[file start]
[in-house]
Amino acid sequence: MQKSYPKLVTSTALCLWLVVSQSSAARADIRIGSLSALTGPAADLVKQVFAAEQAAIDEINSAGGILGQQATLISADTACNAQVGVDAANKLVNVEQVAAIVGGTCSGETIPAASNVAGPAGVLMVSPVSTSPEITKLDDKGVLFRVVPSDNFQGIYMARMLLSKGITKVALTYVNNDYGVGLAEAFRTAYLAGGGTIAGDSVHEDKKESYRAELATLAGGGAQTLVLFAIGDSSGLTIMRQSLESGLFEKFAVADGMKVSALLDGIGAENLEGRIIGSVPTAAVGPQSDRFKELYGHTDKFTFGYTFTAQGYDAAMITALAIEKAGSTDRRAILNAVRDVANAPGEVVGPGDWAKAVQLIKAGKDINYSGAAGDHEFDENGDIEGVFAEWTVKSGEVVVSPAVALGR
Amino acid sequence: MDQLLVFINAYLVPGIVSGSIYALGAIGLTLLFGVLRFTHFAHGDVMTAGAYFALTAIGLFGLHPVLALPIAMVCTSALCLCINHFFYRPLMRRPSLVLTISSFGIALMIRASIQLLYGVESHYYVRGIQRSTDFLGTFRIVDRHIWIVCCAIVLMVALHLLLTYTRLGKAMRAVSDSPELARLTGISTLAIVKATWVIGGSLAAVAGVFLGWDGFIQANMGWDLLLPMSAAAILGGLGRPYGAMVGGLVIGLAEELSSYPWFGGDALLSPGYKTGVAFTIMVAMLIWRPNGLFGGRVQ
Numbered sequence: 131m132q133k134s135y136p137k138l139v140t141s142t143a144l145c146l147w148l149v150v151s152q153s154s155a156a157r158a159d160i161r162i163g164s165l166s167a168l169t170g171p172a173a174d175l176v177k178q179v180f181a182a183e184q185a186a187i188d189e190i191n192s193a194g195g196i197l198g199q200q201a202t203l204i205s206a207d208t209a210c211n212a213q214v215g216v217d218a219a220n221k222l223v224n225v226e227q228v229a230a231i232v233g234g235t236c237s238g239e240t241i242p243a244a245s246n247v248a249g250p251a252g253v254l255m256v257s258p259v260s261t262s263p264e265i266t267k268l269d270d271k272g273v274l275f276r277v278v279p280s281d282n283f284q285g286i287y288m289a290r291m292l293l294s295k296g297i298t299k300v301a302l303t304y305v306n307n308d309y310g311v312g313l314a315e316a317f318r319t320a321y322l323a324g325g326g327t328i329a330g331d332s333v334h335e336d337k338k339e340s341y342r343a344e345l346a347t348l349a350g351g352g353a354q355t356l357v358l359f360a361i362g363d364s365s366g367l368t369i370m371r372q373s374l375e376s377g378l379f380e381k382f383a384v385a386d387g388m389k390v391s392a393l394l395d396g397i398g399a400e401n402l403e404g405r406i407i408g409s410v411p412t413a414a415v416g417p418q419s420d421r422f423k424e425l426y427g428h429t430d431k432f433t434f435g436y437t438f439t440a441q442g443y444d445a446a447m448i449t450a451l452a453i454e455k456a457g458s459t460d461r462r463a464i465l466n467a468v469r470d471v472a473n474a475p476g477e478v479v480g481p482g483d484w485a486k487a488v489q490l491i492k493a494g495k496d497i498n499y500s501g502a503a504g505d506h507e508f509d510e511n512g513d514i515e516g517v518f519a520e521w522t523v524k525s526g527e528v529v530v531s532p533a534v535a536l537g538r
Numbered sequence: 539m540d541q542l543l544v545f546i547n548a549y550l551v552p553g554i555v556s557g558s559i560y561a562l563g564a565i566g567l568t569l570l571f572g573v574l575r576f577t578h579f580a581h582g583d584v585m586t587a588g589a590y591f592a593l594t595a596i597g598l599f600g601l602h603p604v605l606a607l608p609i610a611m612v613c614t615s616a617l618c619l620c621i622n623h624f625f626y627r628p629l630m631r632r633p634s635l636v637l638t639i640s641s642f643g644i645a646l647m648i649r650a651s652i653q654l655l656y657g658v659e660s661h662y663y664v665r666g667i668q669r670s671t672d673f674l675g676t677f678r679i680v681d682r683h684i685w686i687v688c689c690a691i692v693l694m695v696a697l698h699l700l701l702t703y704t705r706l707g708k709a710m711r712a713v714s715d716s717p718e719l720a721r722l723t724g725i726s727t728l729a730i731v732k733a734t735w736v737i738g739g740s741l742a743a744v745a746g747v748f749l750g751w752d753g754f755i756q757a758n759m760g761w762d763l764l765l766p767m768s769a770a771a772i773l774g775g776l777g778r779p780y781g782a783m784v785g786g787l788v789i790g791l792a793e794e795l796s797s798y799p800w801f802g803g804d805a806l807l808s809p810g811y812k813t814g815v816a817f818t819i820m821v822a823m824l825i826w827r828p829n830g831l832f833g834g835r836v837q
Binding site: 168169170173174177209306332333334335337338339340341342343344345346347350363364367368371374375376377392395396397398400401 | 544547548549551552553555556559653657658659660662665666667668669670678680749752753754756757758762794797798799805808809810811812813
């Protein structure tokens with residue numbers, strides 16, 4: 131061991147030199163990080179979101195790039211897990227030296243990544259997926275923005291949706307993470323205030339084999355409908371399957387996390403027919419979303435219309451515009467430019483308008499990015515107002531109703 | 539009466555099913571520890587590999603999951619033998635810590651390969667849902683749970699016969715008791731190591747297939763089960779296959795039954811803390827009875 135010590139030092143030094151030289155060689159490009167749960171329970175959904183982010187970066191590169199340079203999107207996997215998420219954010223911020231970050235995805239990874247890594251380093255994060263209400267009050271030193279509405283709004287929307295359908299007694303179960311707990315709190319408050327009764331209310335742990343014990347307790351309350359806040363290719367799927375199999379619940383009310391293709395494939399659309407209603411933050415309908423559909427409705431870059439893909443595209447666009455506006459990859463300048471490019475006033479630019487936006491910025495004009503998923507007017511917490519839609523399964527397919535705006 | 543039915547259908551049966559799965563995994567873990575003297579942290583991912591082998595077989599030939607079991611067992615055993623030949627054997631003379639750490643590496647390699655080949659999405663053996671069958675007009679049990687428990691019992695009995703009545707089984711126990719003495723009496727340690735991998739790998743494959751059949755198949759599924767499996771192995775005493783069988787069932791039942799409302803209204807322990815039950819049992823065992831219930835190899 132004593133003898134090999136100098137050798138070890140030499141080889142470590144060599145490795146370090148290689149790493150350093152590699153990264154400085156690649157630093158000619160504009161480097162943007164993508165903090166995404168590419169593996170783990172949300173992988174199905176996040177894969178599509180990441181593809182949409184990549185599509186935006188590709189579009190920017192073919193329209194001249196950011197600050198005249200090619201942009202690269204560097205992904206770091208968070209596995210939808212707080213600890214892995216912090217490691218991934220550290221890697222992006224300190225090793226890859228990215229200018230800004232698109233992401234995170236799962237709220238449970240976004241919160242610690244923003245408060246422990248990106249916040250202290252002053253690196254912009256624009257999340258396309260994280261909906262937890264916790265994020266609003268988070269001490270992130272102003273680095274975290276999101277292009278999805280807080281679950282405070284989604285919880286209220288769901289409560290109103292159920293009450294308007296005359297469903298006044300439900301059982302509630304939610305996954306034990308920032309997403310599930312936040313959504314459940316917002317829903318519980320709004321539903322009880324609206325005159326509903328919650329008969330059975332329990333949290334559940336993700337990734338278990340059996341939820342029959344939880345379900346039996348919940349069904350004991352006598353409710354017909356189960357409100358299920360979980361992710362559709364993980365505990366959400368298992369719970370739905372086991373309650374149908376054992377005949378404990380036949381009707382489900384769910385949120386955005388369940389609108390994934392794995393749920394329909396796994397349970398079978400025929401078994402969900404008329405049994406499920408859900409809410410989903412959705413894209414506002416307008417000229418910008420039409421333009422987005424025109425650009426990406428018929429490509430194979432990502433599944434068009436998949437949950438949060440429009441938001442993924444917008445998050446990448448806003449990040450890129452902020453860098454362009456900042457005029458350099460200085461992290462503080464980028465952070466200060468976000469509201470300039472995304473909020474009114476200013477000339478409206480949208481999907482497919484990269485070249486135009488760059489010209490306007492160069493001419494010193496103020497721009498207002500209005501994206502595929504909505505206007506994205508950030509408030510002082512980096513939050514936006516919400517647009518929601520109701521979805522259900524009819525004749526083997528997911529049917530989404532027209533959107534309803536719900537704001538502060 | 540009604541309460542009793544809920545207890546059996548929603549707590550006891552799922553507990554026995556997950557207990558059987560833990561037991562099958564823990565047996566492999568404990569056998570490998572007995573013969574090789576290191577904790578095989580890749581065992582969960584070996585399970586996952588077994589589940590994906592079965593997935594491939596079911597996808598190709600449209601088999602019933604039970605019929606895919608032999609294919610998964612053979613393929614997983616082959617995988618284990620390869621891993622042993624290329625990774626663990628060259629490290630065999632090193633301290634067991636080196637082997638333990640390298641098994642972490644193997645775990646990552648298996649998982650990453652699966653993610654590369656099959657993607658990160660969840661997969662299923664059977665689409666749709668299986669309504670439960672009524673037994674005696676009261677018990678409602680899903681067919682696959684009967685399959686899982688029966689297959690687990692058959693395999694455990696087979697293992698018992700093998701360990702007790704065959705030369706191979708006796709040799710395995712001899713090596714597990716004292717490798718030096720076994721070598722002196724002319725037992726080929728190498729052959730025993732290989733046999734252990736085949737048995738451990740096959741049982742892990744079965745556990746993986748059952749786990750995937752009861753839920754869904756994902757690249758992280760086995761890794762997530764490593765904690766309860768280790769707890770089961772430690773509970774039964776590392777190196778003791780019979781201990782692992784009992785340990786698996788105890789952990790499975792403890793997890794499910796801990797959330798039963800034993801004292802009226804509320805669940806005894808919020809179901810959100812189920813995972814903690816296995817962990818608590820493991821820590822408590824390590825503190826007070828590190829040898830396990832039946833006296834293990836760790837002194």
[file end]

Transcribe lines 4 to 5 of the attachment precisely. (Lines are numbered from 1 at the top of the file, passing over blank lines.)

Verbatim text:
Numbered sequence: 131m132q133k134s135y136p137k138l139v140t141s142t143a144l145c146l147w148l149v150v151s152q153s154s155a156a157r158a159d160i161r162i163g164s165l166s167a168l169t170g171p172a173a174d175l176v177k178q179v180f181a182a183e184q185a186a187i188d189e190i191n192s193a194g195g196i197l198g199q200q201a202t203l204i205s206a207d208t209a210c211n212a213q214v215g216v217d218a219a220n221k222l223v224n225v226e227q228v229a230a231i232v233g234g235t236c237s238g239e240t241i242p243a244a245s246n247v248a249g250p251a252g253v254l255m256v257s258p259v260s261t262s263p264e265i266t267k268l269d270d271k272g273v274l275f276r277v278v279p280s281d282n283f284q285g286i287y288m289a290r291m292l293l294s295k296g297i298t299k300v301a302l303t304y305v306n307n308d309y310g311v312g313l314a315e316a317f318r319t320a321y322l323a324g325g326g327t328i329a330g331d332s333v334h335e336d337k338k339e340s341y342r343a344e345l346a347t348l349a350g351g352g353a354q355t356l357v358l359f360a361i362g363d364s365s366g367l368t369i370m371r372q373s374l375e376s377g378l379f380e381k382f383a384v385a386d387g388m389k390v391s392a393l394l395d396g397i398g399a400e401n402l403e404g405r406i407i408g409s410v411p412t413a414a415v416g417p418q419s420d421r422f423k424e425l426y427g428h429t430d431k432f433t434f435g436y437t438f439t440a441q442g443y444d445a446a447m448i449t450a451l452a453i454e455k456a457g458s459t460d461r462r463a464i465l466n467a468v469r470d471v472a473n474a475p476g477e478v479v480g481p482g483d484w485a486k487a488v489q490l491i492k493a494g495k496d497i498n499y500s501g502a503a504g505d506h507e508f509d510e511n512g513d514i515e516g517v518f519a520e521w522t523v524k525s526g527e528v529v530v531s532p533a534v535a536l537g538r
Numbered sequence: 539m540d541q542l543l544v545f546i547n548a549y550l551v552p553g554i555v556s557g558s559i560y561a562l563g564a565i566g567l568t569l570l571f572g573v574l575r576f577t578h579f580a581h582g583d584v585m586t587a588g589a590y591f592a593l594t595a596i597g598l599f600g601l602h603p604v605l606a607l608p609i610a611m612v613c614t615s616a617l618c619l620c621i622n623h624f625f626y627r628p629l630m631r632r633p634s635l636v637l638t639i640s641s642f643g644i645a646l647m648i649r650a651s652i653q654l655l656y657g658v659e660s661h662y663y664v665r666g667i668q669r670s671t672d673f674l675g676t677f678r679i680v681d682r683h684i685w686i687v688c689c690a691i692v693l694m695v696a697l698h699l700l701l702t703y704t705r706l707g708k709a710m711r712a713v714s715d716s717p718e719l720a721r722l723t724g725i726s727t728l729a730i731v732k733a734t735w736v737i738g739g740s741l742a743a744v745a746g747v748f749l750g751w752d753g754f755i756q757a758n759m760g761w762d763l764l765l766p767m768s769a770a771a772i773l774g775g776l777g778r779p780y781g782a783m784v785g786g787l788v789i790g791l792a793e794e795l796s797s798y799p800w801f802g803g804d805a806l807l808s809p810g811y812k813t814g815v816a817f818t819i820m821v822a823m824l825i826w827r828p829n830g831l832f833g834g835r836v837q